Pretty sweet. Glad we made it out in the rain!

Much more to come. February isn’t over yet.

Tweets and chirps,

Audrey

Eastward to Walla Walla, part II

Day 2 in Walla Walla I arrived at Bennignton Lake early enough to see the sky full of stars and to hear a Great Horned Owl pair hooting, “Who’s awake? Me toooo.

Bennington Lake

The trail system is fantastic. 20 miles wind through 600 acres of woodlands and meadows surrounding the lake. The lake was set up by the US Army Corps of Engineers for flood control in the 1940s.

One section of trail is referred to as “owl alley” by local Audubon members because of the frequent owl sightings. I was hoping to find one or two. Upon researching, I learned long-eared owls nest in the park and there were recent ebird sightings, “one did not flush and sat nicely for great views!” I could only imagine.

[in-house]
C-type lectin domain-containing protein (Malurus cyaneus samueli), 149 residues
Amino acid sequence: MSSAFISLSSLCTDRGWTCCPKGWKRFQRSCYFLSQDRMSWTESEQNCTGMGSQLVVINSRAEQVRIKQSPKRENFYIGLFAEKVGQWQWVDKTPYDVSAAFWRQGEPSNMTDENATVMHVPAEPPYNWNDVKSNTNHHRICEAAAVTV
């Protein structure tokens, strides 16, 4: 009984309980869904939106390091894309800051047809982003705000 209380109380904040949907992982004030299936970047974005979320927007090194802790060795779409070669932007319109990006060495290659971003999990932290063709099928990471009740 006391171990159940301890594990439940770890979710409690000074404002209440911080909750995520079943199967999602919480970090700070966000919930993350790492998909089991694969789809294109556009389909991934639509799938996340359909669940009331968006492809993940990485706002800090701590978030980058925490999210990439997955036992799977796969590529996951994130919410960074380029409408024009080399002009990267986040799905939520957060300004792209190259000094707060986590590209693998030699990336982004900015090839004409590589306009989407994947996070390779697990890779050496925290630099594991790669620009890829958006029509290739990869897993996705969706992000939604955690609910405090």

I saw Killdeer on the lake shore, and mergansers and geese on the lake. In the hardwood forests Downy Woodpeckers and Northern Flickers were busy collecting insects. Dark-eyed Juncos, White-crowned Sparrow, and Bewick’s Wrens were singing their hearts out. Does this mean it’s spring already?

Dark-eyed Junco

White-crowned Sparrow

Bewick's Wren

I saw the Mountain Chickadee sporting the white eye-stripe!

Mountain Chickadee

And the Northern Harrier hunting, as per usual.

Northern Harrier

I found a row of pines that looked pretty owly. Sure enough, pellets, bones, and whitewash littered the ground.

Pellets

Pellets